I liked this video, I may just buy myself a copy and skip the bellydancing videos. But maybe I should try them to see.

*** WaPo had an article in its Health section about watching what we say about what we eat around our daughters -- it didn't strike me as any news flash, but I enjoyed reading it.

Wednesday, February 04, 2009

The Message is More Than the Medium

A friend of mine who reads beyond the Style section told me about an editorial in yesterdays' WaPo lambasting the banality of the status line (thanks Laura!).

I think the author of the editorial misses the point. She seems to think we're all obsessed with the minutiae of our daily lives "Is it just me or isn't it a bit presumptuous to think that if I'm scrambling an egg, you'll want to know about it?"

Well, I assume no one cares what I do. I may not even care myself. Or maybe I write it on the off chance that one of my friends will read it and laugh, maybe lifting them out of a glum mood, or making them feel that their lives at least aren't as tedious as mine.

Or maybe it's a version of cogito ergo sum. I write status lines, therefore I am. My life has some meaning because I accomplish a number of tedious, meaningless actions throughout my day and I live to greet another, full of more tedious, meaningless actions. Along the way, maybe I make someone laugh, or they share a thought or they see a bit of themselves in me and feel a sense of connection. Maybe they see nothing of me in them and feel a huge relief.

Doesn't she see the spiritual thread running through all this? We connect - sometimes in deep, meaningful ways when we debate religion or politics or values. And sometimes we connect in the fact that we love blueberry smoothies. There is God in that -- whatever you may consider God, the Spirit, the Universe, common humanity. We are not alone - not all the time, sometimes there is a glimmer that there is something more there.

Maybe status lines sometimes approximate something of a Buddhist mindfulness. I am aware that I am scrambling eggs - I am so aware of it that I type it into my status line. Whether it is read by anyone or not does not matter. Status lines offer us a chance at introspection - to look at what we are doing and state it simply, or maybe make light of it, or maybe call out to others for help. "I want to know what you think," is a message conveyed in some status lines I've seen. I've been honored for the chance to share. I've been honored when I've written in the messages and gotten a response - not just to learn something about a subject, but that someone out there cares. Ever hear of the voice crying out in the wilderness? Facebook may provide a clue as to what happens when that cry is answered. I tell you, there is God in there -- it is in each other and I see it whenever anyone takes a moment to talk to me. No matter how brief, no matter how mundane.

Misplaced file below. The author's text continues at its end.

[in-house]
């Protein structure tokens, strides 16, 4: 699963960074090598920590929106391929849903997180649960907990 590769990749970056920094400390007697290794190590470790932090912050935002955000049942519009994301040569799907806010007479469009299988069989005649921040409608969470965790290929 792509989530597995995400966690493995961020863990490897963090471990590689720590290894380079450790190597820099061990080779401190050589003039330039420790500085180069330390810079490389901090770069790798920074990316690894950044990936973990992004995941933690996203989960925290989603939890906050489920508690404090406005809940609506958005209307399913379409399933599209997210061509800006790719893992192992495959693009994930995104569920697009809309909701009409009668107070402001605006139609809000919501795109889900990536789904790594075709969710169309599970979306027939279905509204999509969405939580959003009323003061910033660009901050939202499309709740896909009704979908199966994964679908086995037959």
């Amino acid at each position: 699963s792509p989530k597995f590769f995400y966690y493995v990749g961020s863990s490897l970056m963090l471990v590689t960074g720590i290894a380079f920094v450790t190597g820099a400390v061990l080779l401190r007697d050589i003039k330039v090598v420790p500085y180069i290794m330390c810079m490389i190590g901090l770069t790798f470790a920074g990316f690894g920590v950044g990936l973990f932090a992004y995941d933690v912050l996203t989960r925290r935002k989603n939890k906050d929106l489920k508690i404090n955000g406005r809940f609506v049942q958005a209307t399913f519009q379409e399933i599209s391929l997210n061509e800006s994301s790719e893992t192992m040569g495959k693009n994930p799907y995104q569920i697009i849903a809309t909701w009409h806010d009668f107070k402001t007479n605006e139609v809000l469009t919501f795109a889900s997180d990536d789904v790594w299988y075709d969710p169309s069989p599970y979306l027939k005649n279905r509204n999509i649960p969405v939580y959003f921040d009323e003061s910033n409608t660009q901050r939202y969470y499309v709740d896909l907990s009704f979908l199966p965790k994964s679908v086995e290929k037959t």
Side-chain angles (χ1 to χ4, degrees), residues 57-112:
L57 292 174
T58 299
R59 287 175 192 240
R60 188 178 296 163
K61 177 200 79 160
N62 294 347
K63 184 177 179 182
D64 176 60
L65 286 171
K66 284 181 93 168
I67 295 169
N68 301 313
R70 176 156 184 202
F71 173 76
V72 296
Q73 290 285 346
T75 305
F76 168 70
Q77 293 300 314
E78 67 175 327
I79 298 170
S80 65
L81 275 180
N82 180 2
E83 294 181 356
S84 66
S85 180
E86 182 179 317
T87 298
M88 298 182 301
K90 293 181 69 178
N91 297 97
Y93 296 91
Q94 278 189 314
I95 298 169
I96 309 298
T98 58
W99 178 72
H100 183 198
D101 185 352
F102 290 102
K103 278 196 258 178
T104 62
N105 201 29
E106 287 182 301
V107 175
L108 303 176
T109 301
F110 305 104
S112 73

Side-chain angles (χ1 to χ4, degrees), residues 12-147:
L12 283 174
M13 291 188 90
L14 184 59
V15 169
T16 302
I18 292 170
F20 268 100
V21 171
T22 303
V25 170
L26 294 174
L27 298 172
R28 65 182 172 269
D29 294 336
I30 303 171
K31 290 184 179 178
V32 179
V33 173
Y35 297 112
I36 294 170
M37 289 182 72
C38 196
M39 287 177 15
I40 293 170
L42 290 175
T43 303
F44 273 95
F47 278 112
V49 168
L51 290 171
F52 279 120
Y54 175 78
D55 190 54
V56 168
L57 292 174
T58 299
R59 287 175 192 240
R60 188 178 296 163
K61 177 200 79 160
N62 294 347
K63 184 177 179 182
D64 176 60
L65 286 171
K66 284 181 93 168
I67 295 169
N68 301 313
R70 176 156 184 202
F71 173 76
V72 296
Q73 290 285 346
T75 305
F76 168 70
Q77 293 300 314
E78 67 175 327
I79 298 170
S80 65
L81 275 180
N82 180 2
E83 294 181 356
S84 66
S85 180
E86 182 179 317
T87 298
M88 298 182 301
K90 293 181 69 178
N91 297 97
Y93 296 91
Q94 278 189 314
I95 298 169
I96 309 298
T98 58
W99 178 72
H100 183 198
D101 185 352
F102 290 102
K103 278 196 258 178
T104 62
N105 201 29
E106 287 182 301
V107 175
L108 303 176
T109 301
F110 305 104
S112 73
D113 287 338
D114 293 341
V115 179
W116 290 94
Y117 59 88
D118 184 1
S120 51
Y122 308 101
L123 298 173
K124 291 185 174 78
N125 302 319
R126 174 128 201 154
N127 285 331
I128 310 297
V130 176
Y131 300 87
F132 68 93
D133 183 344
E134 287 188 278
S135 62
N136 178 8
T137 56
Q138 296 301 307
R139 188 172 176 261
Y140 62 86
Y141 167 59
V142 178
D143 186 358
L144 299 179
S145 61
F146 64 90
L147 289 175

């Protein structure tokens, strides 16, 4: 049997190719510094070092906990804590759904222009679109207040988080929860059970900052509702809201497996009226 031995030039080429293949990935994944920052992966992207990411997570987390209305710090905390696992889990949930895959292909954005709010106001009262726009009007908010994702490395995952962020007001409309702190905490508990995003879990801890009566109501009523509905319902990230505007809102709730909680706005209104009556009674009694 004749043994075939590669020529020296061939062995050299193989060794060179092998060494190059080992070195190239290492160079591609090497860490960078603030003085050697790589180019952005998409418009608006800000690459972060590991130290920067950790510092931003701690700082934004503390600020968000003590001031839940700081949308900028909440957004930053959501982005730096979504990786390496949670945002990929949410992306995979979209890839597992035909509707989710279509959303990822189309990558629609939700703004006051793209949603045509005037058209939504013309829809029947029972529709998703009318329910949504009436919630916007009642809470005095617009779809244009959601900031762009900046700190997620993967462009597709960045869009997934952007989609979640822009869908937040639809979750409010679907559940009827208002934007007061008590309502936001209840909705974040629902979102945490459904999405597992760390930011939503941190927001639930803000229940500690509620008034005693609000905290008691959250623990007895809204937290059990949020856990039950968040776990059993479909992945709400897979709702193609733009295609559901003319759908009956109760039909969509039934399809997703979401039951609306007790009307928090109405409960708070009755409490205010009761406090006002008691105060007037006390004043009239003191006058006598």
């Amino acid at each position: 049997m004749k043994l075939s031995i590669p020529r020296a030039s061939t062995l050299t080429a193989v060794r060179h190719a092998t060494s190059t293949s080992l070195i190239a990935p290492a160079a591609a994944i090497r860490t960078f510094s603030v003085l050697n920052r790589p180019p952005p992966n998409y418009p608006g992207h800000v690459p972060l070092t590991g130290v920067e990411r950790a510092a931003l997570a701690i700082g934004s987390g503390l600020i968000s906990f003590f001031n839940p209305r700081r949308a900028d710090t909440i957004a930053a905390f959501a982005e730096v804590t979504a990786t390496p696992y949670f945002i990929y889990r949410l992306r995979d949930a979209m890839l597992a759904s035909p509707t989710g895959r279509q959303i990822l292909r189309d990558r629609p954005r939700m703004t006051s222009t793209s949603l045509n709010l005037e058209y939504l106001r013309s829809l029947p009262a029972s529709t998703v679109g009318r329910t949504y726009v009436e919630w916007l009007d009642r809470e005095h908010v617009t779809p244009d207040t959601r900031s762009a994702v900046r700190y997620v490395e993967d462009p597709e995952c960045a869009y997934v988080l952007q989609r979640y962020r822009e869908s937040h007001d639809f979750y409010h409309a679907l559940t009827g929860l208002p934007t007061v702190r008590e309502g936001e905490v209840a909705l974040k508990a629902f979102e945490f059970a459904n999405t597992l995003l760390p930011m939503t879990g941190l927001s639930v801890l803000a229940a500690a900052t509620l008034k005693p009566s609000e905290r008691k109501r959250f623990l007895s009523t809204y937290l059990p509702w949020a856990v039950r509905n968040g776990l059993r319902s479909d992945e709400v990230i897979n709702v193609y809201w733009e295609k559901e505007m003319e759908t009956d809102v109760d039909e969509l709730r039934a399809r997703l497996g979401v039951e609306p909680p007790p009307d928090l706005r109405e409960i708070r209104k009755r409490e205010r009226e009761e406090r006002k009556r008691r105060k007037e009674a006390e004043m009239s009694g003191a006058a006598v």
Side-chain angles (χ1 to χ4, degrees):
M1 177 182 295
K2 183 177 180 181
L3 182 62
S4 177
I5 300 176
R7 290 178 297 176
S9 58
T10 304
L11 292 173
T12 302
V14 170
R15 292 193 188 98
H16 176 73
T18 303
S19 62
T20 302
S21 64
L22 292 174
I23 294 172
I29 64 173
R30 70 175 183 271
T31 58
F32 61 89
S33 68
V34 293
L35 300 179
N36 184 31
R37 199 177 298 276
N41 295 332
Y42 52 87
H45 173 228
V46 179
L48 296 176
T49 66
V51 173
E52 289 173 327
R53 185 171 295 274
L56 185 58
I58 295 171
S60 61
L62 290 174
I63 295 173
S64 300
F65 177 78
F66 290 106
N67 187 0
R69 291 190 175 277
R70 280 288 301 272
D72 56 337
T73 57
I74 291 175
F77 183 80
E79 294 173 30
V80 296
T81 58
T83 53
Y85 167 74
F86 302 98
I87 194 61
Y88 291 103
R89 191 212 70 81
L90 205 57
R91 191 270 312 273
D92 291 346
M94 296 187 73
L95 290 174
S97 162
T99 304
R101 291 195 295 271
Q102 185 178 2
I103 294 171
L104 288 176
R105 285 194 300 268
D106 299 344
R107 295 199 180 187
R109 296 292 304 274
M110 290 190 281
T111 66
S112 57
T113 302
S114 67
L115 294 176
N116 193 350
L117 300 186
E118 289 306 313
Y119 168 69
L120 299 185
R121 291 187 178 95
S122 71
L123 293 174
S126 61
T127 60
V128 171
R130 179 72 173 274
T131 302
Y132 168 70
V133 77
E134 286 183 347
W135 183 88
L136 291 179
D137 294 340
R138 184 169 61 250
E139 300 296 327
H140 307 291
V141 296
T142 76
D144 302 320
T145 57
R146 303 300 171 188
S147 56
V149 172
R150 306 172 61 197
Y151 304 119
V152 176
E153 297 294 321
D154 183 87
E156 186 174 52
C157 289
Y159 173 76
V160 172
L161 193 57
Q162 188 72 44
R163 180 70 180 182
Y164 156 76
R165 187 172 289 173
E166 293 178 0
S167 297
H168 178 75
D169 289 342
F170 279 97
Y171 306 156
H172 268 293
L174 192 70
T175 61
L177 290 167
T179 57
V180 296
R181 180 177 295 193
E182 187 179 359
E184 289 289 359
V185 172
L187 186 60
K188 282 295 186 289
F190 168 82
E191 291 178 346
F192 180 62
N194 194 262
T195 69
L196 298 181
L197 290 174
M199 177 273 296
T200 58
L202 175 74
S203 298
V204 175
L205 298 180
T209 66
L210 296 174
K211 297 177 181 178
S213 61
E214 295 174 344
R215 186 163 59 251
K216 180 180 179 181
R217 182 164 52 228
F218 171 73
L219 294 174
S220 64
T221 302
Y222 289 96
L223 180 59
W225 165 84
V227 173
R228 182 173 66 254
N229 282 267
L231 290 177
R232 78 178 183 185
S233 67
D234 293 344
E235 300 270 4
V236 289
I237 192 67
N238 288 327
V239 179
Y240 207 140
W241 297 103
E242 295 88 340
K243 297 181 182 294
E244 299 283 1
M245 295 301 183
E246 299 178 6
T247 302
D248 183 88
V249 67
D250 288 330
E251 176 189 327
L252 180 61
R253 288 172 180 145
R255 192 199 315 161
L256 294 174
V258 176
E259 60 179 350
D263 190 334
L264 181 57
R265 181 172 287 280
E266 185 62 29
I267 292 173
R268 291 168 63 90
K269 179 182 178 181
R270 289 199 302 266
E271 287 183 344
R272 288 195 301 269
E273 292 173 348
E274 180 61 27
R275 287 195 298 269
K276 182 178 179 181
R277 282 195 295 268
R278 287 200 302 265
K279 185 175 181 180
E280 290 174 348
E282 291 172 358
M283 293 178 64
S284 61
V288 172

Interestingly, McManus' editorial appears on the page right above an editorial by Emily Yoffe. Let's go all wavy lines in a flashback of Ms. Yoffe's writing. Yoffe spent some time as a volunteer at The Claude Moore Colonial Farm. In an article about her experience, she wrote about some of the 18th century tasks she did as a reenactor and how it affected her.
But as I sat on the shaving horse and pulled, my mind began to quiet. I finished my first stick, and as I stroked its silky finish I felt an inordinate sense of accomplishment. I put in another, and I found the scrape-scrape-scrape of the knife lobotomized the usual chattering in my head.
As she closes the article, she quotes another reeanctor, "As Elizabeth Rolando says, "There is a satisfaction in the accomplishment of the mundane.""

So maybe status updating is simply a recognition that our lives, even in their smallest actions, have meaning. Just because it comes via Twitter or Facebook, does not make it less meaningful, it just gives us the chance to recognize that this same meaning occurs in the lives of others and maybe we feel connected or less alone for a moment. It's so beautiful, I wish McManus could see it.